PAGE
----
Why Demand-Based Pricing Works
Demand-based pricing is far from the only retail pricing strategy out there. But it’s the best option for most products. Why? Because it works.
Retailers are often entrenched in pricing strategies that don’t work. Price “stickiness” makes it easy to automate sales processes, and even easier to predict how your products will be priced in the future. Retailers using this strategy make pricing decisions based on historical trends, on the number of households they think will purchase a product, and on how much of a product they have on hand or hope to purchase. The problem is that this approach to pricing just doesn’t work.
A number of studies have found that demand-based pricing is the best pricing strategy for increasing profit margins. Why is demand-based pricing more effective?
- It opens new opportunities for profits due to market and seasonal changes.
- It helps you determine which items you should stock more of.
- It enables you to profit without making any changes to your inventory, manufacturing processes, or marketing strategies.
- It helps you remain competitive without requiring changes to your products.
How Automation Enables Demand-Based Pricing
The challenge of demand-based pricing is that it requires detailed analytics on every product to which you apply the strategy. It’s not easy to set prices based on consumer demand, particularly since demand can change on a dime.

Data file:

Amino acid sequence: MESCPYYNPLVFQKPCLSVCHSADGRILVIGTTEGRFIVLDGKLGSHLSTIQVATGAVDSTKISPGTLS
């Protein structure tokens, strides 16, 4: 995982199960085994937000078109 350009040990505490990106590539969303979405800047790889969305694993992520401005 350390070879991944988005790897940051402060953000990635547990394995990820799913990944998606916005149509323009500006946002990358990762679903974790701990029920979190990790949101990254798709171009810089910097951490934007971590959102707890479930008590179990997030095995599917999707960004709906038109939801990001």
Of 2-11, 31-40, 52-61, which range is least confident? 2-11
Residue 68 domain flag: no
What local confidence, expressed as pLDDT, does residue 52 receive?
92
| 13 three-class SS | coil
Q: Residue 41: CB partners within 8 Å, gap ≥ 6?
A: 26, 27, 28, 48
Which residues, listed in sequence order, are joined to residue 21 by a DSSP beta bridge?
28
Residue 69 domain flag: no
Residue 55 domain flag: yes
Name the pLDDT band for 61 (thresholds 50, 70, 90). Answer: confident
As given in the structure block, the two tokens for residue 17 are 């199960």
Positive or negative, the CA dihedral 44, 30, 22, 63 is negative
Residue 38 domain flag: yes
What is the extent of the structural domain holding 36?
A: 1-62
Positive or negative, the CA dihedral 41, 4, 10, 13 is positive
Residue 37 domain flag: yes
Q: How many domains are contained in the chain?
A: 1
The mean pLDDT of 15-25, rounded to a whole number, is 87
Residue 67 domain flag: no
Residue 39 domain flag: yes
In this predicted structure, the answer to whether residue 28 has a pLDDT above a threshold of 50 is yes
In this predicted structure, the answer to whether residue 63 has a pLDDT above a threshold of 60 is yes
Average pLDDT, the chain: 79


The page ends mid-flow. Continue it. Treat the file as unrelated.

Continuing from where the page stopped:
To get the most out of demand pricing, you must constantly adjust your prices based on input from the market. An item might change prices every week, or even every day. And then its price could remain stagnant for months. For a mom and pop shop selling only an item or two, that’s easy enough. But for a large brand with hundreds or even thousands of items for sale, demand-based pricing can prove challenging.
That’s where automation can save the day. By managing analytics on hundreds, or even thousands, of products, the right automation software makes it easy to track trends over time. What you’ll likely see is that there’s no time of year where every item’s price is up or down.
For a small business pricing items by hand, this information can make pricing a challenge. But for a large business with automation capabilities, demand-based pricing is a snap. Simply look at demand trends and price accordingly.
How Intelligence Node Can Help
Intelligence Node offers comprehensive analytics, enabling you to make decisions at every stage of your process. Incompetitor is your ally in the quest for reliable data that can help you set prices. By offering real-time trends and forecasts, our product enables you to predict the pricing future. We offer a range of forecasts based on different scenarios, offering you the sort of data that once required a team of data scientists and trend forecasters.
Armed with Incompetitor, you can set prices that really work, capitalizing on demand-based pricing without all the hassle.
Still not sure how to price your product? Check out our post covering seven effective pricing experiments.